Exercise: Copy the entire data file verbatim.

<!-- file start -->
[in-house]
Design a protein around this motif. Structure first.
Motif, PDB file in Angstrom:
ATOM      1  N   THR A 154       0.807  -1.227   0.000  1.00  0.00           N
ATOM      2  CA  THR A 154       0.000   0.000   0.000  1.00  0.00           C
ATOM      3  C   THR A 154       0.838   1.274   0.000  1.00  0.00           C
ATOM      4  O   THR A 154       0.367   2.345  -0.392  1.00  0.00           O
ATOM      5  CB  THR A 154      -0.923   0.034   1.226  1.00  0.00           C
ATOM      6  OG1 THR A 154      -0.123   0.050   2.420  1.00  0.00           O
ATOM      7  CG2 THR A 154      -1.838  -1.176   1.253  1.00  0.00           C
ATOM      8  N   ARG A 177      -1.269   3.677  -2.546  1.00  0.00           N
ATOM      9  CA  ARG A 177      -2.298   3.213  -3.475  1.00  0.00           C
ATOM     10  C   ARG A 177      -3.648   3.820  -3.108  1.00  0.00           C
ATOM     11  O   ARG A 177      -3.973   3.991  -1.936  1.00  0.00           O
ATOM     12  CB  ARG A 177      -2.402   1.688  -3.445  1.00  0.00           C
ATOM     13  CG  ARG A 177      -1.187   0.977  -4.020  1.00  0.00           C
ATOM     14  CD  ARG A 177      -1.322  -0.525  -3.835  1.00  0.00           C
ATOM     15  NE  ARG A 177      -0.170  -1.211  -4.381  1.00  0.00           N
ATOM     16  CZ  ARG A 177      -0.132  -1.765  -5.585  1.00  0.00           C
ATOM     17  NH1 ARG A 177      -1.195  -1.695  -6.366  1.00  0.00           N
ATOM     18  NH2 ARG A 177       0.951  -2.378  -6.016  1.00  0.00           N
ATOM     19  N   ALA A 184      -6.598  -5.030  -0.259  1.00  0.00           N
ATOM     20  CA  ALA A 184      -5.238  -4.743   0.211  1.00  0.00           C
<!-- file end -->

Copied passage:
[in-house]
Design a protein around this motif. Structure first.
Motif, PDB file in Angstrom:
ATOM      1  N   THR A 154       0.807  -1.227   0.000  1.00  0.00           N
ATOM      2  CA  THR A 154       0.000   0.000   0.000  1.00  0.00           C
ATOM      3  C   THR A 154       0.838   1.274   0.000  1.00  0.00           C
ATOM      4  O   THR A 154       0.367   2.345  -0.392  1.00  0.00           O
ATOM      5  CB  THR A 154      -0.923   0.034   1.226  1.00  0.00           C
ATOM      6  OG1 THR A 154      -0.123   0.050   2.420  1.00  0.00           O
ATOM      7  CG2 THR A 154      -1.838  -1.176   1.253  1.00  0.00           C
ATOM      8  N   ARG A 177      -1.269   3.677  -2.546  1.00  0.00           N
ATOM      9  CA  ARG A 177      -2.298   3.213  -3.475  1.00  0.00           C
ATOM     10  C   ARG A 177      -3.648   3.820  -3.108  1.00  0.00           C
ATOM     11  O   ARG A 177      -3.973   3.991  -1.936  1.00  0.00           O
ATOM     12  CB  ARG A 177      -2.402   1.688  -3.445  1.00  0.00           C
ATOM     13  CG  ARG A 177      -1.187   0.977  -4.020  1.00  0.00           C
ATOM     14  CD  ARG A 177      -1.322  -0.525  -3.835  1.00  0.00           C
ATOM     15  NE  ARG A 177      -0.170  -1.211  -4.381  1.00  0.00           N
ATOM     16  CZ  ARG A 177      -0.132  -1.765  -5.585  1.00  0.00           C
ATOM     17  NH1 ARG A 177      -1.195  -1.695  -6.366  1.00  0.00           N
ATOM     18  NH2 ARG A 177       0.951  -2.378  -6.016  1.00  0.00           N
ATOM     19  N   ALA A 184      -6.598  -5.030  -0.259  1.00  0.00           N
ATOM     20  CA  ALA A 184      -5.238  -4.743   0.211  1.00  0.00           C